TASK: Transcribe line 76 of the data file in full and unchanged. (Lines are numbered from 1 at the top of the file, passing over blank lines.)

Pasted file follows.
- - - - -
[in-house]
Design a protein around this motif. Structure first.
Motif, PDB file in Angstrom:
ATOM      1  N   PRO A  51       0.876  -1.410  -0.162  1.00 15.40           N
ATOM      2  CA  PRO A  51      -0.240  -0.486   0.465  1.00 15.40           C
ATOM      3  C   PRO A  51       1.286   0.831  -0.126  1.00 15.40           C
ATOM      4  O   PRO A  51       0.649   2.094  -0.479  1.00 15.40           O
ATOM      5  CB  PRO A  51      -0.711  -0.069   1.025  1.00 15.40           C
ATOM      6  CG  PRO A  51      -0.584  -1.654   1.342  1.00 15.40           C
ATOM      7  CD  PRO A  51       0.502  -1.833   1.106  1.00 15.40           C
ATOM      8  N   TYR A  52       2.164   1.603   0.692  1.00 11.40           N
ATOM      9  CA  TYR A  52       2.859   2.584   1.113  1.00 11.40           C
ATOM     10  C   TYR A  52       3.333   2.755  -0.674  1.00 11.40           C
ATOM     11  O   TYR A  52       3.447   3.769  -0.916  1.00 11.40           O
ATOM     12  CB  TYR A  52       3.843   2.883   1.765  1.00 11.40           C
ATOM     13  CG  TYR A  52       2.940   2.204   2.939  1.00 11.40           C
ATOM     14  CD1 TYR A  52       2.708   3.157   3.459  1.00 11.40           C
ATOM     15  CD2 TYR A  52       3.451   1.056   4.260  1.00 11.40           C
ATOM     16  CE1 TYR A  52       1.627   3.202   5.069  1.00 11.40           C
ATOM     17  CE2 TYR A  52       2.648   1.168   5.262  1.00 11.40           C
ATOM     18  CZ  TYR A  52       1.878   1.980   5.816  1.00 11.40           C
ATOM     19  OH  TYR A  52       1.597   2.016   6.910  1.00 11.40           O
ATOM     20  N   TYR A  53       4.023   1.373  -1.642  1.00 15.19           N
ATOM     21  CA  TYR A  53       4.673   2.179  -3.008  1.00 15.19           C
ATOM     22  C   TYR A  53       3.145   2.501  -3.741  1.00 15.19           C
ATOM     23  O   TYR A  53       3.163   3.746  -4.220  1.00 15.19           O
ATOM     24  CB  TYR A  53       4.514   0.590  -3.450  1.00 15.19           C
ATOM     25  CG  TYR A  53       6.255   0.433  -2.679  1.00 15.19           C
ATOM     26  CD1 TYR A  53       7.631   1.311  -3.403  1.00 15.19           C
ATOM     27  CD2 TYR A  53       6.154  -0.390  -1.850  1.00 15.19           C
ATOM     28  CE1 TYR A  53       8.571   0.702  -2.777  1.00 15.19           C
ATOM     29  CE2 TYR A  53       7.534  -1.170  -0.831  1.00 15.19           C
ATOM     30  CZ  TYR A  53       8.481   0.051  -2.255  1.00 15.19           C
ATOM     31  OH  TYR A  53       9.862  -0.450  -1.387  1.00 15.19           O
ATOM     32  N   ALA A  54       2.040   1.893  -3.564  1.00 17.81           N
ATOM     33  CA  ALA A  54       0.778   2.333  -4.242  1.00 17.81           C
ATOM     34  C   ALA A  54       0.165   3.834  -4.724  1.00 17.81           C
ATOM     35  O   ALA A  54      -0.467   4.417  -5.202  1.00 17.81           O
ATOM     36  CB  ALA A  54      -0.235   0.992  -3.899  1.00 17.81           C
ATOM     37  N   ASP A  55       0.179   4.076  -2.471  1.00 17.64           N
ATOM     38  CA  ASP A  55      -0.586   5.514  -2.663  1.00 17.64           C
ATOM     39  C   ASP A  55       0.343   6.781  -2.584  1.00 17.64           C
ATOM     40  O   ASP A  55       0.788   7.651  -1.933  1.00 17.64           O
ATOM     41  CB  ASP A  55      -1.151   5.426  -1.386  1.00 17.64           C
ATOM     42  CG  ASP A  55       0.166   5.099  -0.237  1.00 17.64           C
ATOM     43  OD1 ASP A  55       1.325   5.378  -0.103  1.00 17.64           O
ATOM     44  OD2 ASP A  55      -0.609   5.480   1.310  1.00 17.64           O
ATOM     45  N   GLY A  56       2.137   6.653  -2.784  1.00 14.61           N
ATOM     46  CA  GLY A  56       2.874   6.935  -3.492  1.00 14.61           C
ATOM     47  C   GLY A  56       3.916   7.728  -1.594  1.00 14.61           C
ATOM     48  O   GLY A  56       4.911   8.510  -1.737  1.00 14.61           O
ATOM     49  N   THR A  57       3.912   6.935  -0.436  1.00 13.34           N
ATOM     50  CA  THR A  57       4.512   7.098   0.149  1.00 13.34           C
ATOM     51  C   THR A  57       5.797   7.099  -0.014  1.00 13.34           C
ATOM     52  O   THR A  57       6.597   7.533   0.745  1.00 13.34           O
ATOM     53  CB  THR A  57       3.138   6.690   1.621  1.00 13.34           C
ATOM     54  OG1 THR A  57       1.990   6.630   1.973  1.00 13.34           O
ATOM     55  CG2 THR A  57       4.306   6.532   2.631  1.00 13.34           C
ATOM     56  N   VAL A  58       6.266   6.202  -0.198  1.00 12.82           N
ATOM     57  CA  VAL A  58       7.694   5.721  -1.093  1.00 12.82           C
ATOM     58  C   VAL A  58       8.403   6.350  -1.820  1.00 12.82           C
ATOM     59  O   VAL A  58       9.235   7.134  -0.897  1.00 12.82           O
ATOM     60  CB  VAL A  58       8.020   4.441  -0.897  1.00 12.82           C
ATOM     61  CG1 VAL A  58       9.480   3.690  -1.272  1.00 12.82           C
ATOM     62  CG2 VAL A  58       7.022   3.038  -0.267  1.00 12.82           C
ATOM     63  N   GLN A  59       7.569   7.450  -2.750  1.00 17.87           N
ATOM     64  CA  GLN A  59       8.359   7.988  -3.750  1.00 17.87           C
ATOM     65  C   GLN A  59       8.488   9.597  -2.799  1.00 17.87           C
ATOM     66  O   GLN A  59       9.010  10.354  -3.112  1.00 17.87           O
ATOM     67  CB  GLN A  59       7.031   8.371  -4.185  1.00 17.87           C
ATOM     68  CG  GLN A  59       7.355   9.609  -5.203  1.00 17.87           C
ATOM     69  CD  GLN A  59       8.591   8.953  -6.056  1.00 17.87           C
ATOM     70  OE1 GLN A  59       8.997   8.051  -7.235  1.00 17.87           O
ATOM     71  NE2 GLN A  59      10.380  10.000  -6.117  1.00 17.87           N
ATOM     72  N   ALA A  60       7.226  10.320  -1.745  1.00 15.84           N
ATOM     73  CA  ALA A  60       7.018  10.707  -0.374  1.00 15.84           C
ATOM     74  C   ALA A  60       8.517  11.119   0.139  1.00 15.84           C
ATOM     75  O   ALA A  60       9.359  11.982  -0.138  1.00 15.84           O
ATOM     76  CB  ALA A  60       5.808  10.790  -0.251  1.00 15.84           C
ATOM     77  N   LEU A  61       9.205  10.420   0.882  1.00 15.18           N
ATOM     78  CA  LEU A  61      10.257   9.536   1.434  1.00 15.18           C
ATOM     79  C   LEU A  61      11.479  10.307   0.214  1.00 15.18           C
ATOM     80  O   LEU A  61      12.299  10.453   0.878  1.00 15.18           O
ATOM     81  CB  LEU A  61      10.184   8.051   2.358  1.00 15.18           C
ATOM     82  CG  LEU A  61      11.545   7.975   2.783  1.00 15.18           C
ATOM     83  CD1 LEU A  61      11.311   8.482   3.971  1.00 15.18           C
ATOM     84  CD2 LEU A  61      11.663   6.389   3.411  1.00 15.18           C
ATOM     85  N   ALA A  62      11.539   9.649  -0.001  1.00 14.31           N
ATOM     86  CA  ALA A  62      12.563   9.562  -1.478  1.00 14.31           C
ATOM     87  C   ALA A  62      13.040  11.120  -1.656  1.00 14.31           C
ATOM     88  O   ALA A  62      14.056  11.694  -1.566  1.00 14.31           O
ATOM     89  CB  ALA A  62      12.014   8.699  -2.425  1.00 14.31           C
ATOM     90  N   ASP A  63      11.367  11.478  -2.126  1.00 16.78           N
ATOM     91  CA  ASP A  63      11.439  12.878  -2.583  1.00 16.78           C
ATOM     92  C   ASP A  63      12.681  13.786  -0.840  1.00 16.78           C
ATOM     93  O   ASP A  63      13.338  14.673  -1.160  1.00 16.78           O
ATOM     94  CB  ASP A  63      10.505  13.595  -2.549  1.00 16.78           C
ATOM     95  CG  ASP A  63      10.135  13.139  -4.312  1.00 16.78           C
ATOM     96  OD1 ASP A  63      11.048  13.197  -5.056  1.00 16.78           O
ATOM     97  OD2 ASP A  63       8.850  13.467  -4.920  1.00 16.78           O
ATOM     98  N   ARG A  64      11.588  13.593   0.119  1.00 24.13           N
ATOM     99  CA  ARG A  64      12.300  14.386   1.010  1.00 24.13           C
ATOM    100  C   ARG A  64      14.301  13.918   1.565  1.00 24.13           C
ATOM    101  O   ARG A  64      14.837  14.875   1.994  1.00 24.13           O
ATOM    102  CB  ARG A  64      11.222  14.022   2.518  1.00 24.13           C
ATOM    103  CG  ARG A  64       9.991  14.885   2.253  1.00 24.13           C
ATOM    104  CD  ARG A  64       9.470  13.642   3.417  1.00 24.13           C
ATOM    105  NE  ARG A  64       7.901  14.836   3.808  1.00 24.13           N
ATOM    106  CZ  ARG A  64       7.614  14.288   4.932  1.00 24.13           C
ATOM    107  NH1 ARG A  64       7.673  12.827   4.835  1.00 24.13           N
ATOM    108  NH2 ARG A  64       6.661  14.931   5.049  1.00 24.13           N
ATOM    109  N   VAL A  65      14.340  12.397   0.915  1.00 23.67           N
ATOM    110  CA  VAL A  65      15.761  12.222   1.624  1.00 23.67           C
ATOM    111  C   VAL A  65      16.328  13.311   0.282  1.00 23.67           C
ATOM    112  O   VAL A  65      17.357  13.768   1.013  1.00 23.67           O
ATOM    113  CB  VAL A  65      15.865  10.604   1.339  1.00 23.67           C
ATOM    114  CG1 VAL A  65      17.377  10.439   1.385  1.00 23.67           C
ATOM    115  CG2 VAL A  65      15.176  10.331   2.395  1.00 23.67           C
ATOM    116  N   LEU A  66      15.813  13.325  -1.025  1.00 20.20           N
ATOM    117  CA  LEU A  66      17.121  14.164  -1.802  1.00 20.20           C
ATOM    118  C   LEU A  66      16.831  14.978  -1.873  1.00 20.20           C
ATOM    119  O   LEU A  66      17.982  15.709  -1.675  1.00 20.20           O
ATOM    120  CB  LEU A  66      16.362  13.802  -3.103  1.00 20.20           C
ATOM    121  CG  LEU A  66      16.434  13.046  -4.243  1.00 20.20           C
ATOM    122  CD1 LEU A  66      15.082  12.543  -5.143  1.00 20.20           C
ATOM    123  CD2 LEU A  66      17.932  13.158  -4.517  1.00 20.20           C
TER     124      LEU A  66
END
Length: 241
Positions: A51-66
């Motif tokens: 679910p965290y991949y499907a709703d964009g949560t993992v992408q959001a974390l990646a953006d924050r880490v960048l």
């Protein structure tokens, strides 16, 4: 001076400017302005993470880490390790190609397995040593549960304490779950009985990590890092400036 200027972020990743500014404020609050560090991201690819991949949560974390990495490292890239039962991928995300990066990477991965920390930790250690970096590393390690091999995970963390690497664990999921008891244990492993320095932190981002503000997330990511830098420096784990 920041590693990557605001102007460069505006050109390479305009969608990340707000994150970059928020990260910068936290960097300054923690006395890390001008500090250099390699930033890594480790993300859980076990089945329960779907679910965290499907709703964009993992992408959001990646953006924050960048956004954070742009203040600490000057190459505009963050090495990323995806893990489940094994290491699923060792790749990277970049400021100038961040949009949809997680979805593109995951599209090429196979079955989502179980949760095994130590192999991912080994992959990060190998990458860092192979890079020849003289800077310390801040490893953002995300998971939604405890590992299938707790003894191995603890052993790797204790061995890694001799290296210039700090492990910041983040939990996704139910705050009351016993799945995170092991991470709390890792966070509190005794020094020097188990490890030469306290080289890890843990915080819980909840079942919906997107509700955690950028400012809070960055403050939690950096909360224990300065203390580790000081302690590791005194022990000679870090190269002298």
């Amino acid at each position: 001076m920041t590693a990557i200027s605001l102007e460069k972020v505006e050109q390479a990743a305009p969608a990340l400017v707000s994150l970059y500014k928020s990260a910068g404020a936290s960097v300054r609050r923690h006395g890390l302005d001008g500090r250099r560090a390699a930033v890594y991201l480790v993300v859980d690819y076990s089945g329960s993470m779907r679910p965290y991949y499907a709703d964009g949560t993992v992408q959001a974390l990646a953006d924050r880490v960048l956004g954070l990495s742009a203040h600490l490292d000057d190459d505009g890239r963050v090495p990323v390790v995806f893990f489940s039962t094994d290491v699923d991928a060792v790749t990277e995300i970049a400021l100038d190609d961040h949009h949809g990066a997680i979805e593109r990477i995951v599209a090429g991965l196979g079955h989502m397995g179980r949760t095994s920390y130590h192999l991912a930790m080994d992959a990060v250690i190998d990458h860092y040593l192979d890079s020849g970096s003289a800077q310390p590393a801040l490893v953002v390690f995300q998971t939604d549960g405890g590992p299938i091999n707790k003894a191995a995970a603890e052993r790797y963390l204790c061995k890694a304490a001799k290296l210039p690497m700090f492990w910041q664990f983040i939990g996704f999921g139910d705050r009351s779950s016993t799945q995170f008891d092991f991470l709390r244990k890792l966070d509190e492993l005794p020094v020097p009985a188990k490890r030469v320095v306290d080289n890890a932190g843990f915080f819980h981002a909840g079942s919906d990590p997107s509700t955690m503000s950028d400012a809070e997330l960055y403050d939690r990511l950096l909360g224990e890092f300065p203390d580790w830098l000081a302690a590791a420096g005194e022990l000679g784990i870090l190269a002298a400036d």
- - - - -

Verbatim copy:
ATOM     73  CA  ALA A  60       7.018  10.707  -0.374  1.00 15.84           C